Drug combinations driving overdose rates: Fentanyl, xylazine, and the disturbing reality of America’s drug crisis

WASHINGTON – As the United States grapples with its deadliest drug epidemic in history, experts caution that an increasing number of deaths result from a combination of drugs. According to data from the National Institute for Health Care Management Foundation (NIHCM), almost three in four cocaine-related deaths involve a synthetic opioid, including fentanyl.

“This type of combination drug use is part of a new trend driving the overdose rate, along with a growing use of xylazine, or ‘tranq,” Cecelia Spitznas, PhD, a senior science policy analyst in the White House Office of National Drug Control Policy, said during the NIHCM webinar.

What’s particularly concerning is that many people who overdose might be unaware that they’re ingesting the highly potent fentanyl.

“Fentanyl is often used to contaminate certain substances, so it’s unlikely that people really, truly know if they are using heroin or they’re using fentanyl,” Spitznas said.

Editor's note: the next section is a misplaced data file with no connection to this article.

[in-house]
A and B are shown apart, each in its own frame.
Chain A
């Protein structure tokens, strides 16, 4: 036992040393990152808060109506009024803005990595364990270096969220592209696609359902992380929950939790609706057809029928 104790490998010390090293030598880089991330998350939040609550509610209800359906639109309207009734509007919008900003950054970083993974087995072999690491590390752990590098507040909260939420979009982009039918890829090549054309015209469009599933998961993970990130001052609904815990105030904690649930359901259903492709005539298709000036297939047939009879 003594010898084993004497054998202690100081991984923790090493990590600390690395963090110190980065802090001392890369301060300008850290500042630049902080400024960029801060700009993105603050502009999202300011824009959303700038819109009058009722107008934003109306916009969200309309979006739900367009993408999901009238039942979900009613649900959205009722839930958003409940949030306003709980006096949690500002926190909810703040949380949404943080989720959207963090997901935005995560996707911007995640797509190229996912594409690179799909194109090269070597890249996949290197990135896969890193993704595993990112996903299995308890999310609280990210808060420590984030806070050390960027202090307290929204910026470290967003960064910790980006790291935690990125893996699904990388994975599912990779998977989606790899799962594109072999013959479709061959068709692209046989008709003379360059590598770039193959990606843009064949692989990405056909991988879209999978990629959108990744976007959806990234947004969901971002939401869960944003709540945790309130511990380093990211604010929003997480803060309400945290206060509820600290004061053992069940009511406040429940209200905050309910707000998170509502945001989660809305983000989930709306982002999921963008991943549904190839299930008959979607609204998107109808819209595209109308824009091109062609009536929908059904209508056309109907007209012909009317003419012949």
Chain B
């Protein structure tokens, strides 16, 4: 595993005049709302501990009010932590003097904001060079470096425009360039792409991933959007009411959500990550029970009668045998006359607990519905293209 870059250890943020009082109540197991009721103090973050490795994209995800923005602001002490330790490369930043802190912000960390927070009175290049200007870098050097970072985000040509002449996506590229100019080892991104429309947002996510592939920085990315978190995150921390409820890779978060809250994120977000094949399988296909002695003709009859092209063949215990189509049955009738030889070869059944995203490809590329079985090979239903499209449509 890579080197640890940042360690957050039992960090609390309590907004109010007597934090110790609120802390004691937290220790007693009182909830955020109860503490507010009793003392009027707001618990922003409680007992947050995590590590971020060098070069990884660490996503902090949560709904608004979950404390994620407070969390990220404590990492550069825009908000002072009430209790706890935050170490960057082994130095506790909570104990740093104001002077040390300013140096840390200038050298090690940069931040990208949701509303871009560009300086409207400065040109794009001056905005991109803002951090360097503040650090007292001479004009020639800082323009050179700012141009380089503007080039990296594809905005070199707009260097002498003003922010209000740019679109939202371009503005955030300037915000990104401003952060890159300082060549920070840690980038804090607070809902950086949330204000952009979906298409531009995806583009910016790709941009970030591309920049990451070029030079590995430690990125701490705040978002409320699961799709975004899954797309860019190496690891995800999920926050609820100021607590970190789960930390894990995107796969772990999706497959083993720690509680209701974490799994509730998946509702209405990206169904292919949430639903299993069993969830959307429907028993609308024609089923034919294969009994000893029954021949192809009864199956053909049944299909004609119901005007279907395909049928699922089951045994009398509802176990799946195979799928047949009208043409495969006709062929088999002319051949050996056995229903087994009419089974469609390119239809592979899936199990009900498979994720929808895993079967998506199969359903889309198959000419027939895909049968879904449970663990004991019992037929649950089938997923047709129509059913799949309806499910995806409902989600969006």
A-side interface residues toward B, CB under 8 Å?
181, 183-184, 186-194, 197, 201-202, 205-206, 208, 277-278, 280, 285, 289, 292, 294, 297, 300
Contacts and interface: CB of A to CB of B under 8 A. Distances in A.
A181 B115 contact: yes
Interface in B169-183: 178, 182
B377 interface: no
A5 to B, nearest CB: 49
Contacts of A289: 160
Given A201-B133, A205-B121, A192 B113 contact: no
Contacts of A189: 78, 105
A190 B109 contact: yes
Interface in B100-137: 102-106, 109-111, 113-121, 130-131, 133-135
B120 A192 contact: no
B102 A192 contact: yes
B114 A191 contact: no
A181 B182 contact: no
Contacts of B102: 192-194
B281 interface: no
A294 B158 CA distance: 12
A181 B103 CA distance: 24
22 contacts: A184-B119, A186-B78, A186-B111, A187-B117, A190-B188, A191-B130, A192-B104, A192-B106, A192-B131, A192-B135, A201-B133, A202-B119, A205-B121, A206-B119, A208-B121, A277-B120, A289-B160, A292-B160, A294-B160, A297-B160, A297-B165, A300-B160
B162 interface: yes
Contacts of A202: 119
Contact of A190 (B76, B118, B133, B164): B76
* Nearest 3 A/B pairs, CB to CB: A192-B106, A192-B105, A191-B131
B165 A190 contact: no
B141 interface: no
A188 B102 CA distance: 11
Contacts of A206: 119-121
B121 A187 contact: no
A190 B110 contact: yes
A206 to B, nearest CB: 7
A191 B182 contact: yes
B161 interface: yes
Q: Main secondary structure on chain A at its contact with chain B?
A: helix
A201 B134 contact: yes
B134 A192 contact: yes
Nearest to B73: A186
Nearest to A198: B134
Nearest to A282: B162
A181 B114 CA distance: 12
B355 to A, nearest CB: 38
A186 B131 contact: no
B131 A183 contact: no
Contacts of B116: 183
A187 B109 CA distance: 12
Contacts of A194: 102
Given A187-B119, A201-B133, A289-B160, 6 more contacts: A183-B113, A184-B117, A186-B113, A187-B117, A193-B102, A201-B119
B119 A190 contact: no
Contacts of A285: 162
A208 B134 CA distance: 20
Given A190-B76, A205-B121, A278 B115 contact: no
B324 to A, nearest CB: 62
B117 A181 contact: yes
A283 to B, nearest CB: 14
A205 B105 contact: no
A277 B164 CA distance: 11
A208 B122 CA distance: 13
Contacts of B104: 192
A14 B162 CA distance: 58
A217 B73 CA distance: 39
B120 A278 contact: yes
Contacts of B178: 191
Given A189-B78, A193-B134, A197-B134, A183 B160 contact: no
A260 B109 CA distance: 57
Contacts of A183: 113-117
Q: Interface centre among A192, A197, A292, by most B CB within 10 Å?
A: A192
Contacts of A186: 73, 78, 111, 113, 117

The data also reveals a significant increase of 276% over three and a half years, in fentanyl-related deaths involving xylazine. In April, Emily’s Hope reported a warning from the DEA about the emerging threat of xylazine, a veterinary tranquilizer not intended for human consumption. However, drug manufacturers have been blending it with fentanyl, creating a deadly new substance nicknamed the “zombie drug.” Maryland, Connecticut, and Pennsylvania are the states with the highest percentage of fentanyl deaths involving xylazine.

Additionally, the information underscores that overdose death rates are highest among adults aged 35 to 44 years old.